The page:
Samuel Choi, a reader of MetsBlog.com
I was wondering if there was ANY possibility the Mets could still sign Shin-Soo Choo, since all indications are his suitors are dropping like flies?
11:45 am: The Rangers have agreed to sign Choo to a seven-year, $130 million deal (Grant, Dec. 20).
Michael Baron, ContributorUpdated from 10:34 am: Obviously, there’s no chance of it happening now, but Choo is and always will be an ideal fit for the Mets offensively. They still do not have a natural, full-time leadoff hitter, and Choo would definitely fill that void at a high level.
There are a couple of problems which likely prevented the Mets from investing in Choo. First, their payroll is currently between $78-83 million for 2014, leaving no room to sign a player who will earn eight figures next season. Of course, clearing payroll space by trading Ike Davis could add some more flexibility, but I wonder if that window isn’t closing on the Mets for now. Second, Sandy Alderson said early on this winter it’s unlikely he will sign a player to a $100 million contract. Once Hunter Pence got his five-year, $90 million deal with the Giants in September, it was clear the prices in free agency were going to skyrocket this winter (and they did). This likely pushed Choo past that $100 million price point for the Mets and many other clubs very early.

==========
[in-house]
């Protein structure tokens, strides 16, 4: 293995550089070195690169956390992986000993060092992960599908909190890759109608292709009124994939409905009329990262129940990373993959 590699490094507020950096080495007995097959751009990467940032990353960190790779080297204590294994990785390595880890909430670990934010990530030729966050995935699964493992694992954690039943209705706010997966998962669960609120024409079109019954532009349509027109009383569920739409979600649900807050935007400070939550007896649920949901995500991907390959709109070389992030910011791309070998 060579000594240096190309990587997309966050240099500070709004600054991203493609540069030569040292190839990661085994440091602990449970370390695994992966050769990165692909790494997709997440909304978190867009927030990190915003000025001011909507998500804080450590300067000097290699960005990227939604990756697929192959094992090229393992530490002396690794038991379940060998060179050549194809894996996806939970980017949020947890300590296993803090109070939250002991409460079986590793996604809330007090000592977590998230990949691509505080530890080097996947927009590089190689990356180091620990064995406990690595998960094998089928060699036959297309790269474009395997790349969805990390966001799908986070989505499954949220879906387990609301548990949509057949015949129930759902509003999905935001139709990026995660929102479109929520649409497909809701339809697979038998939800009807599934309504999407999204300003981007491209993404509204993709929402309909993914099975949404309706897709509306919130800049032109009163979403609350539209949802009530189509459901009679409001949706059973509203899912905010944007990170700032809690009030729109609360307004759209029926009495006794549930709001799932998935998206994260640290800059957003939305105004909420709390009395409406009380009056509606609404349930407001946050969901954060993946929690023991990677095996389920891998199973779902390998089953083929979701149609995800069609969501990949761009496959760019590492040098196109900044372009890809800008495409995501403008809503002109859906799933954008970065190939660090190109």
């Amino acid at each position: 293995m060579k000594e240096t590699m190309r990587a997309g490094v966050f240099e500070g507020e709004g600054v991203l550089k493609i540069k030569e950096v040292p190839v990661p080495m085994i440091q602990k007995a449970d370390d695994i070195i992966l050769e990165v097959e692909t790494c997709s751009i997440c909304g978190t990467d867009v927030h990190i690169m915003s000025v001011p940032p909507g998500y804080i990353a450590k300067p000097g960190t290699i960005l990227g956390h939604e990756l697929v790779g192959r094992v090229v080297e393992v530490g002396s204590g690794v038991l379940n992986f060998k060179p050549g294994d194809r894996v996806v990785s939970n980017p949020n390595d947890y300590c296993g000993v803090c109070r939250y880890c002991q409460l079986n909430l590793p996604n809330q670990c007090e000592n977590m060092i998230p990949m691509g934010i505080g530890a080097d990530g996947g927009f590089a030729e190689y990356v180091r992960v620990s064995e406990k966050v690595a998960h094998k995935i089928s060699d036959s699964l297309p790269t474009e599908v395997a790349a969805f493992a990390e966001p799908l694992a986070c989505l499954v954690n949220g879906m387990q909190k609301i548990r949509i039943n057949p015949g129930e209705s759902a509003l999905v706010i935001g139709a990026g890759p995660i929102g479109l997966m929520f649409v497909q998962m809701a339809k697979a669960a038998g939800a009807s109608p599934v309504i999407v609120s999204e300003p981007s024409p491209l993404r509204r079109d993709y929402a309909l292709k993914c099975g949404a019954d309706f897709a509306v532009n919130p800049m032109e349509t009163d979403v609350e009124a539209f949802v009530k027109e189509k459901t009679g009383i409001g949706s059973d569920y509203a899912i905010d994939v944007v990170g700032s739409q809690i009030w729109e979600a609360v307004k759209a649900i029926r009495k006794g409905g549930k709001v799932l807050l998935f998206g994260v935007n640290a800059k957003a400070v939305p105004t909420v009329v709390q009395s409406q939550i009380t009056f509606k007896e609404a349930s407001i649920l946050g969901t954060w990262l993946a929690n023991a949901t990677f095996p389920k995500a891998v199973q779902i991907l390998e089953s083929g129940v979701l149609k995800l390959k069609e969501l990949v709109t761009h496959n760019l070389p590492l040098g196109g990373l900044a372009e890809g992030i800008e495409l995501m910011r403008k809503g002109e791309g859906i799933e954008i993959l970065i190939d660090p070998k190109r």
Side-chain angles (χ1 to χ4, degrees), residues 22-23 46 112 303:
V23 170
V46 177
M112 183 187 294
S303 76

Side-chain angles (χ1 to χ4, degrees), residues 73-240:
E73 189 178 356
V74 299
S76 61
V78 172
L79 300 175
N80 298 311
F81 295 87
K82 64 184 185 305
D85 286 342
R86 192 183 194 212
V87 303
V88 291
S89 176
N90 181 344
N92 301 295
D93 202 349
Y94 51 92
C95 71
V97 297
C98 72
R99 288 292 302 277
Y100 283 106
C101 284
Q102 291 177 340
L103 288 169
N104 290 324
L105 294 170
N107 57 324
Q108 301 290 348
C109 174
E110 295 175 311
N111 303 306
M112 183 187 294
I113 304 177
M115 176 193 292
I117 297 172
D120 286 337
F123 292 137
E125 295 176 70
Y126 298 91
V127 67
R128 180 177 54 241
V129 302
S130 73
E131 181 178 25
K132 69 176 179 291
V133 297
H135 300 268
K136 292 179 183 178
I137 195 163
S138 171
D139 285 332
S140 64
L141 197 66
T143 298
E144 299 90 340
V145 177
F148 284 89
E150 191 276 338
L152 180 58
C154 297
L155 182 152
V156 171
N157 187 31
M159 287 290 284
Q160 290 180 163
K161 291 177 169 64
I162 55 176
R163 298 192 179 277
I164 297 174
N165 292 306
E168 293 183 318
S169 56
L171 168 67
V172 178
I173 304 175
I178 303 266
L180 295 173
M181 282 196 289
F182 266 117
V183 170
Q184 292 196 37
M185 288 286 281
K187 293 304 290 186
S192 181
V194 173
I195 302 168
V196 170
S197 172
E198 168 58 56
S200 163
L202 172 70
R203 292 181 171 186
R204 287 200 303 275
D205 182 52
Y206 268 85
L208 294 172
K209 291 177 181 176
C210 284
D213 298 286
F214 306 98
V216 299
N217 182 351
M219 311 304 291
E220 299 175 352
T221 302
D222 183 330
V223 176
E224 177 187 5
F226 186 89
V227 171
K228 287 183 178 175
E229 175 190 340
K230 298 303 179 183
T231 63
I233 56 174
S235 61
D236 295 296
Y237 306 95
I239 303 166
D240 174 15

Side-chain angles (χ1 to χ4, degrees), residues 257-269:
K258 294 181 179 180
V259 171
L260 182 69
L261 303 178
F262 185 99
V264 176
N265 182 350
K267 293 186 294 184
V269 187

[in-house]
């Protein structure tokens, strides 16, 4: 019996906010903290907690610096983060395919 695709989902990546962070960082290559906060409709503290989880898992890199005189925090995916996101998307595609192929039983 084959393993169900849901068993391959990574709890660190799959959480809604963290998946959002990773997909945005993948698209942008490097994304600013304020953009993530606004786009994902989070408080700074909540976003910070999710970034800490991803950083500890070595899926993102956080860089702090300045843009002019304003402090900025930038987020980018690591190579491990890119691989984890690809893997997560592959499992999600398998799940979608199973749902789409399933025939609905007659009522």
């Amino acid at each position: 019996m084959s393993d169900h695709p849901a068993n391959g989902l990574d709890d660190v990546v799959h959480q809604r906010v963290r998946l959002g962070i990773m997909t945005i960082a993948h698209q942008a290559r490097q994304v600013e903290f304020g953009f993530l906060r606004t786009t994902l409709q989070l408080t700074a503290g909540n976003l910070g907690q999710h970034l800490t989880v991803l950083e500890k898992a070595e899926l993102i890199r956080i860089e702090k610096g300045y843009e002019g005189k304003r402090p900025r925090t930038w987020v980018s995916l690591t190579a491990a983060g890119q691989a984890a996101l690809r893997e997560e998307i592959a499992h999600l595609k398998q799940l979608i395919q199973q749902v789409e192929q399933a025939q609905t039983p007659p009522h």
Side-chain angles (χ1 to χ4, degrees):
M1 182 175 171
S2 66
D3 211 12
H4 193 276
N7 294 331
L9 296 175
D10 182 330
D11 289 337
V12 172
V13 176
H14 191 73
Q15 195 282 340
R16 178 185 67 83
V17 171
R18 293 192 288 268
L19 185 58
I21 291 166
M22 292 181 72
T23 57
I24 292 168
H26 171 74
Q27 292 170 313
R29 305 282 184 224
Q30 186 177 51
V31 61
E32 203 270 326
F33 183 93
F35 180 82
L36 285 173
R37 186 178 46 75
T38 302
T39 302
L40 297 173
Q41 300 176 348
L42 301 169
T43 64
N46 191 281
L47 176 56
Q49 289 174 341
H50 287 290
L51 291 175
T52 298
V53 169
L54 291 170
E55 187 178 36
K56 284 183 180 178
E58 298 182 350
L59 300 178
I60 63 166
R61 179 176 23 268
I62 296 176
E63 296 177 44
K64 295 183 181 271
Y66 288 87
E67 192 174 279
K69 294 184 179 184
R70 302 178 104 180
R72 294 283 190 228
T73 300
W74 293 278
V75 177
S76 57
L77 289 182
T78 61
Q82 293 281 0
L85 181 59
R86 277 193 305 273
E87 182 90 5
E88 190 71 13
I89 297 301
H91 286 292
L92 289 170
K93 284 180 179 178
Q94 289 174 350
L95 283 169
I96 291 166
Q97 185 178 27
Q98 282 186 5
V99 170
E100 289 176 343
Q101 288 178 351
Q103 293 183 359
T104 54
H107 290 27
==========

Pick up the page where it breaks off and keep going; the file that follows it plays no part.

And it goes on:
Based on what Jacoby Ellsbury got from the Yankees, Choo should have only gotten a little less, which is what Texas gave him. Choo is a premier player in this market, and so it was simply a matter of time before someone stepped up and made a deal with him. He did well, considering his age, skill set, and likely decline in the early part of the contract.
Outside of a possible acquisition at shortstop, the Mets are likely done adding primary position players this winter. I thought there might be a chance they could add a left-handed compliment to Chris Young, but it seems they’re now focused on adding starting pitching depth on minor league deals to compete with Jenrry Mejia, and also improving their bullpen on the back-end.
This doesn’t mean the Mets don’t have needs remaining offensively – obviously, they do. However, Sandy Alderson has acknowledged publicly they could go into camp with continued weaknesses on the roster. They could conceivably protect these weaknesses by creating platoons with in-house options – such as first base – but they’re expecting growth from their current holdovers once again, which is necessary regardless of their investments in the external markets.